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Anthology film

From Wikipedia, the free encyclopedia

An anthology film (also known as an omnibus film, package film, or portmanteau film) is a single film consisting of several shorter films, each complete in itself and distinguished from the other, though frequently tied together by a single theme, premise, or author. Sometimes each one is directed by a different director or written by a different author, or may even have been made at different times or in different countries. Anthology films are distinguished from "revue films" such as Paramount on Parade (1930)—which were common in Hollywood in the early decades of sound film, composite films, and compilation films.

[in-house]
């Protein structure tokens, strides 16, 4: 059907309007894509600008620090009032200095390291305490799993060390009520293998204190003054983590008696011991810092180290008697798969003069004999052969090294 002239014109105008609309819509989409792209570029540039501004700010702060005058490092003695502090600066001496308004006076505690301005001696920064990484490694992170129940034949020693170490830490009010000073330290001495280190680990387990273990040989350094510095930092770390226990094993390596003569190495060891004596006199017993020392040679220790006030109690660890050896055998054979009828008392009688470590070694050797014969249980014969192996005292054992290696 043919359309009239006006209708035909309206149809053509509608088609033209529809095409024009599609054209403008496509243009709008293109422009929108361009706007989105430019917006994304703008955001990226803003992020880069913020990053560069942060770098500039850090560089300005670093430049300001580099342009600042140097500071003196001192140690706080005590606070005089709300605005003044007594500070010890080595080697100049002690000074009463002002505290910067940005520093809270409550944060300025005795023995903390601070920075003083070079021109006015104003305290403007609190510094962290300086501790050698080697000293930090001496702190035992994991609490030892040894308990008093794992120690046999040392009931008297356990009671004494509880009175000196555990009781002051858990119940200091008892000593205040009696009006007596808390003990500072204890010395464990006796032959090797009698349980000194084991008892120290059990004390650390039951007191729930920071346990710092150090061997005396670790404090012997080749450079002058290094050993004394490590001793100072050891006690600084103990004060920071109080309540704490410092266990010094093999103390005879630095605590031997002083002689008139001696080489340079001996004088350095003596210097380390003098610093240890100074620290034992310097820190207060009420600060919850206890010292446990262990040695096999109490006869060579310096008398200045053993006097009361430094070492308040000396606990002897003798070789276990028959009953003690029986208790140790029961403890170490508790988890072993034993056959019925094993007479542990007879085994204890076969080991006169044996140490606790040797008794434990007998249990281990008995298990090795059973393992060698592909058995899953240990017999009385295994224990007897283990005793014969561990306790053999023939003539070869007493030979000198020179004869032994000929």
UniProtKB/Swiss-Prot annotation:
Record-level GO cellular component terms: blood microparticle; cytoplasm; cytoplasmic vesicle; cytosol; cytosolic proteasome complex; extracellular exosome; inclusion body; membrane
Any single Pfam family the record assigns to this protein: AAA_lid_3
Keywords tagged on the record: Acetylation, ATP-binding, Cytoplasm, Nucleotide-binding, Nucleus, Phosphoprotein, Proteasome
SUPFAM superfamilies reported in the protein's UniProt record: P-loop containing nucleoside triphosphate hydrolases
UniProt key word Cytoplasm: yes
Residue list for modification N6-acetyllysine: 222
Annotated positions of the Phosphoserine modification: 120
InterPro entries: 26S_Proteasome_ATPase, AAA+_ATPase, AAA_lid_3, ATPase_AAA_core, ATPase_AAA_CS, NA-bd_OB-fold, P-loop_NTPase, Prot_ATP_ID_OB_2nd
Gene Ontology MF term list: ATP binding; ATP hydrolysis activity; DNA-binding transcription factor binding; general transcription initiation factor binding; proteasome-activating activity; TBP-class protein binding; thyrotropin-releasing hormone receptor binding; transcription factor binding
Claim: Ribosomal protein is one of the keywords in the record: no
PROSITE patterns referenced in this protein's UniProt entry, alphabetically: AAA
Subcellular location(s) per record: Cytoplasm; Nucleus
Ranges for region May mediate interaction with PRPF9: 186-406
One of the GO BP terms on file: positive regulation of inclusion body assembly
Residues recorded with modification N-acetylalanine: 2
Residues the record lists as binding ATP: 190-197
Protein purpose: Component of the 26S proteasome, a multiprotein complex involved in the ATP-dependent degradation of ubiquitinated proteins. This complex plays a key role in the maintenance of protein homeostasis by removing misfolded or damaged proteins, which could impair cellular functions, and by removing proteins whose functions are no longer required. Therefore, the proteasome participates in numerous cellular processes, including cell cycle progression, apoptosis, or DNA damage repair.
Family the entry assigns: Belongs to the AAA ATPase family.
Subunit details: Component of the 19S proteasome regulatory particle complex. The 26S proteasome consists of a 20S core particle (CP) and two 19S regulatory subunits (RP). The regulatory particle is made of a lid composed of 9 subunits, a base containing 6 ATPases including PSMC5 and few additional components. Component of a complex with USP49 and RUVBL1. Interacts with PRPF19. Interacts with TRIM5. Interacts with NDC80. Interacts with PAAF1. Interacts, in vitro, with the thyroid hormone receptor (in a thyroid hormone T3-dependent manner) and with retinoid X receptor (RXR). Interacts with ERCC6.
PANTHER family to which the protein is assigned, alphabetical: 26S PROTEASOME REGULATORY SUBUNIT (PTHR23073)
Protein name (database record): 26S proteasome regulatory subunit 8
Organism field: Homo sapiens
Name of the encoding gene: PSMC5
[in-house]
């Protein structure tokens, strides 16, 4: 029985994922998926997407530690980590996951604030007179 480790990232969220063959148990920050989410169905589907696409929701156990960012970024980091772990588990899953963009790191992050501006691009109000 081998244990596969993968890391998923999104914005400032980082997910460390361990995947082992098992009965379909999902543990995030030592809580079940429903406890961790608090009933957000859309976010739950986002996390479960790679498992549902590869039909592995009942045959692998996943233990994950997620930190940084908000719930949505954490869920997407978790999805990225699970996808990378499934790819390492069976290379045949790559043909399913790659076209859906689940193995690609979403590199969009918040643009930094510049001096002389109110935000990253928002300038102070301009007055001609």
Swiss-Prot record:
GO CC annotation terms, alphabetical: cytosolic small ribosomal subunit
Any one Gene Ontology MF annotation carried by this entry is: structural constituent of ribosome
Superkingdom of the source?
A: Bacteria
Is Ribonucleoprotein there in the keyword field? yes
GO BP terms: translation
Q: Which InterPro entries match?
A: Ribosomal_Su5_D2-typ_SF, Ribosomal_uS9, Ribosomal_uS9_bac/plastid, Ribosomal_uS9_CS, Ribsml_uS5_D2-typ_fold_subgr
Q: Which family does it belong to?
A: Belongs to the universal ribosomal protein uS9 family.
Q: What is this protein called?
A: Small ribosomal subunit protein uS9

Anthology films are often mistaken with hyperlink cinema. Hyperlink cinema shows parts of many stories throughout a film, whereas anthology films show story segments of one at a time. Some mistaken examples include Pulp Fiction (1994) and Amores Perros (2000), distributing their storylines non-chronologically, separated by segments.



See also



  1. ^ "The Monster Club (1981)". AllMovie. Archived from the original on 22 April 2023.
  2. ^ "Cat's Eye (1985)". AllMovie. Archived from the original on 22 April 2023.
  3. ^ Smith, Nigel N. (22 January 2012). "Bloody Disgusting Founder and "V/H/S" Producer Brad Miska On Why the Found-Footage Movie Is Here To Stay"". Indiewire. Retrieved 2016-03-06.
  4. ^ "Sundance Film Festival Program: "Omniboat: A Fast Boat Fantasia"". Sundance. Archived from the original on 2022-02-20. Retrieved 2022-02-19.